Grizzly bears.

Re: Grizzly bears.

Postby JLives » Dec 22nd, 2017, 9:52 am

Rwede wrote:I killed a whitetailed doe for my freezer this year - it is a trophy to me, because it is feeding my family, and the experience of taking responsibility for the food we eat and sharing that experience with my wife who also shot a nice deer on that trip was tremendous.

There's no such thing as "trophy hunting." That is simply a moniker devised by anti-hunting groups that try to smear the image of the people who actually do all the conservation work and fund all the COs and wildlife biologists in this province.

Stop heaping shame on people whose lifestyles differ from yours.


If you are hunting for only head or hide that is trophy hunting. I fully support hunting including grizzlies. I've been hunting with family and friends since I was 5. Please don't be disingenuous. I have seen many carcasses left in the bush over the years. It's gross and wrong but it does happen far too often. If you take an animal you need to use as many resources from it as possible. It's not about lifestyle differences. Trophy hunting is flat out wrong.
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Re: Grizzly bears.

Postby Fancy » Dec 22nd, 2017, 10:09 am

Trophy hunting has been a term used for decades (1950's from one article I was reading) so I'm not sure why the term is an issue.
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Re: Grizzly bears.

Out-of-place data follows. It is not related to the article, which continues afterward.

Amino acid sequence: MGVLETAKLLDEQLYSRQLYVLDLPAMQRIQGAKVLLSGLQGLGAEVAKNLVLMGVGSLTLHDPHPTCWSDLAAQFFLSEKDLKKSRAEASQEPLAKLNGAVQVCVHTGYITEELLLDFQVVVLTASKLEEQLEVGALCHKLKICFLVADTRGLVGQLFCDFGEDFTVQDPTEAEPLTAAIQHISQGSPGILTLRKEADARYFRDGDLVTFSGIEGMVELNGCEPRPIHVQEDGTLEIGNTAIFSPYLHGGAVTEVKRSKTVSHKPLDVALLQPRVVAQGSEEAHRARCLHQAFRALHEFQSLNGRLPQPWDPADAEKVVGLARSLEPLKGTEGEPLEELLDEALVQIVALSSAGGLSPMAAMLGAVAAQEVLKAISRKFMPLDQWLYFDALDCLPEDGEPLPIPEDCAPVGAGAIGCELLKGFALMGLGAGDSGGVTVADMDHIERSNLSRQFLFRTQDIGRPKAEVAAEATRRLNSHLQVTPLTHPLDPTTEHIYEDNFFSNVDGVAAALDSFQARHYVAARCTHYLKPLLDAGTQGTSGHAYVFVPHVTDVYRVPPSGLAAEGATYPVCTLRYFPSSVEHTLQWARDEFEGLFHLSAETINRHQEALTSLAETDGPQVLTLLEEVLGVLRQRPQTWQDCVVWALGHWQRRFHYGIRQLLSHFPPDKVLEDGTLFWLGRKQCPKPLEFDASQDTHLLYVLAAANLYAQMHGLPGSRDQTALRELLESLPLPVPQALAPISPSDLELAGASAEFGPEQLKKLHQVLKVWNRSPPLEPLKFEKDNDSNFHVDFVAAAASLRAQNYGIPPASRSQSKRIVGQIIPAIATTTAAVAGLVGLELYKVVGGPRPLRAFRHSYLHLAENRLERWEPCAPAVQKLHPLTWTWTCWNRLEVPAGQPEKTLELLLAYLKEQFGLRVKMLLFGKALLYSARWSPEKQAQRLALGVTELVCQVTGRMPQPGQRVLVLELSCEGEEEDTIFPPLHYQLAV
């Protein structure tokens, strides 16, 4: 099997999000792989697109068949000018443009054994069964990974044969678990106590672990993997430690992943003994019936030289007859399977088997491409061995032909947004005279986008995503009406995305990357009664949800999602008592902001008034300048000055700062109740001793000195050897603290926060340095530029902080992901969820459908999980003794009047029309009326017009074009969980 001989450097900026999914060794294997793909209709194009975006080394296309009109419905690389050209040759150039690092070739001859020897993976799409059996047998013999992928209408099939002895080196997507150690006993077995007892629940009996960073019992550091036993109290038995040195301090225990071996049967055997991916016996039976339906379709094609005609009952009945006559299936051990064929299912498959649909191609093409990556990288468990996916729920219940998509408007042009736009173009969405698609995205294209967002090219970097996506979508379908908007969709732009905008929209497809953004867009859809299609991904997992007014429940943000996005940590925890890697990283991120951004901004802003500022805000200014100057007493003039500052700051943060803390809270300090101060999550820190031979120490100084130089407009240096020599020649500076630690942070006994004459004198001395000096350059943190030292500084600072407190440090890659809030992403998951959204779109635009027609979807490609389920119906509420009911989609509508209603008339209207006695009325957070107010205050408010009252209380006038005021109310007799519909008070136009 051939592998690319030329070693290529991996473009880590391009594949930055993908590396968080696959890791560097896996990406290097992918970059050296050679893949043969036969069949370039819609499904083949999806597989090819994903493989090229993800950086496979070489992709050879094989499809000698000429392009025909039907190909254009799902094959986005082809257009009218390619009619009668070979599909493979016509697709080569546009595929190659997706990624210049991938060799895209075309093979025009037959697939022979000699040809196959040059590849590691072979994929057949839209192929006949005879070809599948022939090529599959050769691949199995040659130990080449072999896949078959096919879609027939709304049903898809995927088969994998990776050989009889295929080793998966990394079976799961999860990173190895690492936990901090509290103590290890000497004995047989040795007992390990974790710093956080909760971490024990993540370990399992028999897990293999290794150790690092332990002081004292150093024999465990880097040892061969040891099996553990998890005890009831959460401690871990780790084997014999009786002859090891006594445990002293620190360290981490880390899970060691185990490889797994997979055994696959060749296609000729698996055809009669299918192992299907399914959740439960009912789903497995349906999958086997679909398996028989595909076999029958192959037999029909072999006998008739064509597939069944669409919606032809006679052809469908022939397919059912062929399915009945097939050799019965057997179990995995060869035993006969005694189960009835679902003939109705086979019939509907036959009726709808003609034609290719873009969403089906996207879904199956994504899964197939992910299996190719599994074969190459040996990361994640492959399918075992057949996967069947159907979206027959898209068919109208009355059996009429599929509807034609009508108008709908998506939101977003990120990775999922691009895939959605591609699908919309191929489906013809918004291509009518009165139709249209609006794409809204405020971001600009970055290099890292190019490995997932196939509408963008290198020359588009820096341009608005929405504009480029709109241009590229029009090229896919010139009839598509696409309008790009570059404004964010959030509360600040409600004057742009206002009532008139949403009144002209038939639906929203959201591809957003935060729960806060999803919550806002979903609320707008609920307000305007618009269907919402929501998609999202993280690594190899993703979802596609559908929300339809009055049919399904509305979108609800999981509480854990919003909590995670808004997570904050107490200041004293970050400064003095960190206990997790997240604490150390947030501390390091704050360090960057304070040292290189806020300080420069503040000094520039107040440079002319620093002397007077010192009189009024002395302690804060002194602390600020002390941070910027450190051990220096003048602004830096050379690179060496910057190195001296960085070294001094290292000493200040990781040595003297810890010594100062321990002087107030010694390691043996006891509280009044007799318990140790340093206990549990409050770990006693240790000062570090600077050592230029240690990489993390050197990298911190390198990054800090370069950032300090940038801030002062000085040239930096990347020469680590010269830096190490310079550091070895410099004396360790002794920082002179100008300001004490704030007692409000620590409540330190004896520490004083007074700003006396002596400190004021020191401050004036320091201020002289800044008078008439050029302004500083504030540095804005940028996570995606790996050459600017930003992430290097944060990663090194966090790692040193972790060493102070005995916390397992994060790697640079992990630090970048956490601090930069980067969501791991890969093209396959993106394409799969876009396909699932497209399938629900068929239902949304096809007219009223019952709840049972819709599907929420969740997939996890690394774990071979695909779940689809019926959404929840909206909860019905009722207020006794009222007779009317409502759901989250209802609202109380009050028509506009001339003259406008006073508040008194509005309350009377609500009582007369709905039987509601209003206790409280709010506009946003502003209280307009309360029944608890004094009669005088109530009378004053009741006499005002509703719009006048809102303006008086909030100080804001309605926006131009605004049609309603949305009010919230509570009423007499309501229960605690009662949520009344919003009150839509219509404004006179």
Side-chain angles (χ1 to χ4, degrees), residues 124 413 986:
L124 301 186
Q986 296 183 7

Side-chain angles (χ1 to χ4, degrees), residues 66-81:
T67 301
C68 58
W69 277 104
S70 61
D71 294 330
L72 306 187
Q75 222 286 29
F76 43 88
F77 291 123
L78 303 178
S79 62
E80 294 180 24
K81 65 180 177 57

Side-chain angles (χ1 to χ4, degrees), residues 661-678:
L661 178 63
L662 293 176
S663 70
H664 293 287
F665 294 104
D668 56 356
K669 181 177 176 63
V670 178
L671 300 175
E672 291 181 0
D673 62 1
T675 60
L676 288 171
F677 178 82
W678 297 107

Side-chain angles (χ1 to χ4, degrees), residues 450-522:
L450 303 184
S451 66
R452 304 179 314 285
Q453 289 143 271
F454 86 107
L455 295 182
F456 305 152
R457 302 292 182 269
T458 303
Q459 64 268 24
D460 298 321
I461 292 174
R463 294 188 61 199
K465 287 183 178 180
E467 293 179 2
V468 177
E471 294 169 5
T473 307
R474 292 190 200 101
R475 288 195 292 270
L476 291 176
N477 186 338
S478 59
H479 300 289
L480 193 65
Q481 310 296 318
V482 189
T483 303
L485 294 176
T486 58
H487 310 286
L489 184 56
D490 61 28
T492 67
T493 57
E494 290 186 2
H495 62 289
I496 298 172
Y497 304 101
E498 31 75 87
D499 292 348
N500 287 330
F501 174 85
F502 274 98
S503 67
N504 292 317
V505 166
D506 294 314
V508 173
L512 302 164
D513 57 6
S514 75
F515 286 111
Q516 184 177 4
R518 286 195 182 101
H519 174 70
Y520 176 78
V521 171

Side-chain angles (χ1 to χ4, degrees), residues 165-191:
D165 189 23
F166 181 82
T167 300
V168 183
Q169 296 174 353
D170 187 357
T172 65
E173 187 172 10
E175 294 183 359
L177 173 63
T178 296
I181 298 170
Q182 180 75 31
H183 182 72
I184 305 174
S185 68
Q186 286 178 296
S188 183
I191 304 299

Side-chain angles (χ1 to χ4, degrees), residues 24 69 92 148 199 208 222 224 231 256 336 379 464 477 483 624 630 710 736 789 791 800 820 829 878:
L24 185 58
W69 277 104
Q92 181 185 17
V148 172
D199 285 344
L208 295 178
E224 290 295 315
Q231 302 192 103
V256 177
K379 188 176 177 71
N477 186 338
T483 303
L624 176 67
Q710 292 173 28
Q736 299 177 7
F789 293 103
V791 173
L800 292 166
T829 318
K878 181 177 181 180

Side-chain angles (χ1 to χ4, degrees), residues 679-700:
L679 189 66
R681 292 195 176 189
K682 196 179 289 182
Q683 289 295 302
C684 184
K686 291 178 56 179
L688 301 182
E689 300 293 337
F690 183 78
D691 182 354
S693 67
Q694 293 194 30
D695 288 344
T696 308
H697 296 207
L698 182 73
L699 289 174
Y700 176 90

Postby Rwede » Dec 22nd, 2017, 10:10 am

Queen K wrote:I know. Which is nature. What was GF's point though?


His point is that the grizzly population is going to decline because they aren't hunted. The mature boars, which are the ones targeted by grizzly hunters, kill the cubs they encounter to trigger the sow to come into heat again so they can breed her.

Wildlife populations only grow when there is juvenile recruitment. Fawns, calves, cubs are what populations depend on to grow, and at the very least remain stable.

An adult on its own does not grow a population, and ultimately is part of a declining population as natural and other causes of death eventually remove that adult from the population. If there is no recruitment of juveniles to fill that void left when the adult dies, then the population declines.

When we don't manage the number of mature boars through hunting, they end up killing off cubs, exactly as happened in that news story about the death of every cub in Banff. Those boars aren't hunted in Banff, and they're killing all the cubs. That imperils the sustainability of that population of grizzly bears, and it is declining right now.

Horgan's city slicker supporters don't get this, don't want to hear this, and therefore support his doing the wrong thing.

The wildlife biologists in BC pleaded with Horgan not to do what he did, but he wanted your votes more than he wanted to ensure the viability of grizzly bear populations, so he ignored his biologists and banned the hunt.

You're a bunch of ignorant suckers to believe Horgan. Period.